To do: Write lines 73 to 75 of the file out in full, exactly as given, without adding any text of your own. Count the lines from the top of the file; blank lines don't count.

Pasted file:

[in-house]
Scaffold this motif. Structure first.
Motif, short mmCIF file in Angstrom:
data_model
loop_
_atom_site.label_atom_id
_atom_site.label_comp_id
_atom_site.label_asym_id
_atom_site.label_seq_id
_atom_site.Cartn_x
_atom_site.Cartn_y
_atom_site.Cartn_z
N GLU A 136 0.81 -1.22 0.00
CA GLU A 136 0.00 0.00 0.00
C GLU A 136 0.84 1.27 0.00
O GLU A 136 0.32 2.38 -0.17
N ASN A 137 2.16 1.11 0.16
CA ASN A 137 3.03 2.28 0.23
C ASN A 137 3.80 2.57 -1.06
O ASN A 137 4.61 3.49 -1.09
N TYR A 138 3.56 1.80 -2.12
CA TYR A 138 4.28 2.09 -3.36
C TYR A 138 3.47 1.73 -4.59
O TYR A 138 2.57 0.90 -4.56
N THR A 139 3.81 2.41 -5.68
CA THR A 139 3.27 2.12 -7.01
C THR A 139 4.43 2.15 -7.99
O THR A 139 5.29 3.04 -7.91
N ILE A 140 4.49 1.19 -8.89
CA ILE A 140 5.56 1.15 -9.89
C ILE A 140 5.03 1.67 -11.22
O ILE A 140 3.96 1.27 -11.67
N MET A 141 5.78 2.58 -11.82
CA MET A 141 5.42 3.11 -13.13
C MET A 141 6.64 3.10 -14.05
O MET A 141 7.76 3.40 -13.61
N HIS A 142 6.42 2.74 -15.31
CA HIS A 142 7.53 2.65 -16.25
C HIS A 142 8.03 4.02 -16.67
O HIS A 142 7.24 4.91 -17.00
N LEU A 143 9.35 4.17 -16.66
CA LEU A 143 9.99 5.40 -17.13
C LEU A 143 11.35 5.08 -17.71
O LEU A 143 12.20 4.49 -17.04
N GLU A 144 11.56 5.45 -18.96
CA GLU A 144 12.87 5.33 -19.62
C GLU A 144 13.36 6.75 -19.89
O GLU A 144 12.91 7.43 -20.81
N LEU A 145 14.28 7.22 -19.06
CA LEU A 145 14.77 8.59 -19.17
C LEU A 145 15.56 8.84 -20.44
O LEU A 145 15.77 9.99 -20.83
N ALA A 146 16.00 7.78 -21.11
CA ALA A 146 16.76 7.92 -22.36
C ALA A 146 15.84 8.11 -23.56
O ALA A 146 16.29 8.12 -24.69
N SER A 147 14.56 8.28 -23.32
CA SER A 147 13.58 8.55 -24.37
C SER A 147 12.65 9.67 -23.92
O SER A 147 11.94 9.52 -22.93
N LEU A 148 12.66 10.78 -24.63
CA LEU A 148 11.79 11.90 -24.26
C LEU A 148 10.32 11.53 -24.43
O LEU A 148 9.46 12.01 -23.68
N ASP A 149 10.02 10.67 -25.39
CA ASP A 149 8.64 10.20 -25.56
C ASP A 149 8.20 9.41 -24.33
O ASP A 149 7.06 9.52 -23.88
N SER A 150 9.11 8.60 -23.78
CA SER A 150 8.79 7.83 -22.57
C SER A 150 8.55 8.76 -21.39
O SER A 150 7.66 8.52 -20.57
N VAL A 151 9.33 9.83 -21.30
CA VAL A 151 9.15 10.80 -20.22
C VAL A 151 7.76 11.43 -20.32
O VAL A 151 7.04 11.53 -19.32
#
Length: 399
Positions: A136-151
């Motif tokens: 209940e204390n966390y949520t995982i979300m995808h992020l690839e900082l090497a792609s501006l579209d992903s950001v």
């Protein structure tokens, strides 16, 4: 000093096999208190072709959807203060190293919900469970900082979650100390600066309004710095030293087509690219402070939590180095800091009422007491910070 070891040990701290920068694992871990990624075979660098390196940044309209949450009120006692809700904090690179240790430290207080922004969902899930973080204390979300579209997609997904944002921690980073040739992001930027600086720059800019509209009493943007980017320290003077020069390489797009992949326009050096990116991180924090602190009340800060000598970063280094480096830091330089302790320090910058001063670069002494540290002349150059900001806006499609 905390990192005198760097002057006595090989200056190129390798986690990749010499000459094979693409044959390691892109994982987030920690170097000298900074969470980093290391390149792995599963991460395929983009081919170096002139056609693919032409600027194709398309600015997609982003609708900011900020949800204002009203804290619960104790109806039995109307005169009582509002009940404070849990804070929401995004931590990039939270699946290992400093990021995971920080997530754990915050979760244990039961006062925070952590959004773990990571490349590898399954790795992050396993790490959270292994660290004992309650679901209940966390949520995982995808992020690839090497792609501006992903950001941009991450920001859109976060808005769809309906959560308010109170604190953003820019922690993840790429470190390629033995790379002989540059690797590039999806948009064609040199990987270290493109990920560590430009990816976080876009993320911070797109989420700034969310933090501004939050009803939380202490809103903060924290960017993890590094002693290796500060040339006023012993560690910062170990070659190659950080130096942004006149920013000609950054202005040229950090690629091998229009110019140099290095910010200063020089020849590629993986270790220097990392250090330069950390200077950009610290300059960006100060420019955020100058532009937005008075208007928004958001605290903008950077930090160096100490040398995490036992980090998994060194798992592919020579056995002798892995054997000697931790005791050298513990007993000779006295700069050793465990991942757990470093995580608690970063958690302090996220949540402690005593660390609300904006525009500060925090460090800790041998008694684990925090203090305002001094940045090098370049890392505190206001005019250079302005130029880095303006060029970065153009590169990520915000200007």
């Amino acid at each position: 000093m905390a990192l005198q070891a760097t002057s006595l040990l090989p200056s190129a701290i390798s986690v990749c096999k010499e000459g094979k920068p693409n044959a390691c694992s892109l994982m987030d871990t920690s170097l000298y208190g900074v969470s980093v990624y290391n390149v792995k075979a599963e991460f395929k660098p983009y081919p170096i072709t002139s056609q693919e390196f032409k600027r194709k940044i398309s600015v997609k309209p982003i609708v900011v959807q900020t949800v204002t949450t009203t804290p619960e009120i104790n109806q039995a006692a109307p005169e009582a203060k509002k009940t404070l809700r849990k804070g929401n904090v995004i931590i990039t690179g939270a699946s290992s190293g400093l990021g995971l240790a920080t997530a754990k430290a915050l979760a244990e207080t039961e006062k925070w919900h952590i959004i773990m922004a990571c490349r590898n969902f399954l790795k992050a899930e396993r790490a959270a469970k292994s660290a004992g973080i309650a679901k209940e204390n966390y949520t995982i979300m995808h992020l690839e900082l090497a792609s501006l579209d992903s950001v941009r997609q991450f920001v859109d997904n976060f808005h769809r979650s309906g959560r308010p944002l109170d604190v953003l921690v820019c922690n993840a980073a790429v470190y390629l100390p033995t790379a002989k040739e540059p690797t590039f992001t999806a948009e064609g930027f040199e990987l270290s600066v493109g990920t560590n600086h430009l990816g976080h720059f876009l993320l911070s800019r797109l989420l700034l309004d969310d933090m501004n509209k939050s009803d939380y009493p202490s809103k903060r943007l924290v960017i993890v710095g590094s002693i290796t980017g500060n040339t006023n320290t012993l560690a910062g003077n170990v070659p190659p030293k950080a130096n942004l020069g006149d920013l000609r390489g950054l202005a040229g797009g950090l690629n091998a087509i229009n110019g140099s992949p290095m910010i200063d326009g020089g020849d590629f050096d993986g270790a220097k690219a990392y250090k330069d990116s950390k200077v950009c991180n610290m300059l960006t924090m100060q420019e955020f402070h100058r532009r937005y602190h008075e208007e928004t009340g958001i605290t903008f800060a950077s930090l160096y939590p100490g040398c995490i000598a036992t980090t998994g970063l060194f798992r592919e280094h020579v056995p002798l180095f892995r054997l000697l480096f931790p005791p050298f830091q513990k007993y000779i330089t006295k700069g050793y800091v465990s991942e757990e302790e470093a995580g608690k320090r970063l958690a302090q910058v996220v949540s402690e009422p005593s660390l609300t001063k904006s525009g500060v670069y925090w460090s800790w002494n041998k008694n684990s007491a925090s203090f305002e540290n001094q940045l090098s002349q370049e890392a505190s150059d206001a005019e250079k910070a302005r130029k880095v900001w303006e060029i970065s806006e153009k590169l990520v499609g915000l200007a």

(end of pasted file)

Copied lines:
N VAL A 151 9.33 9.83 -21.30
CA VAL A 151 9.15 10.80 -20.22
C VAL A 151 7.76 11.43 -20.32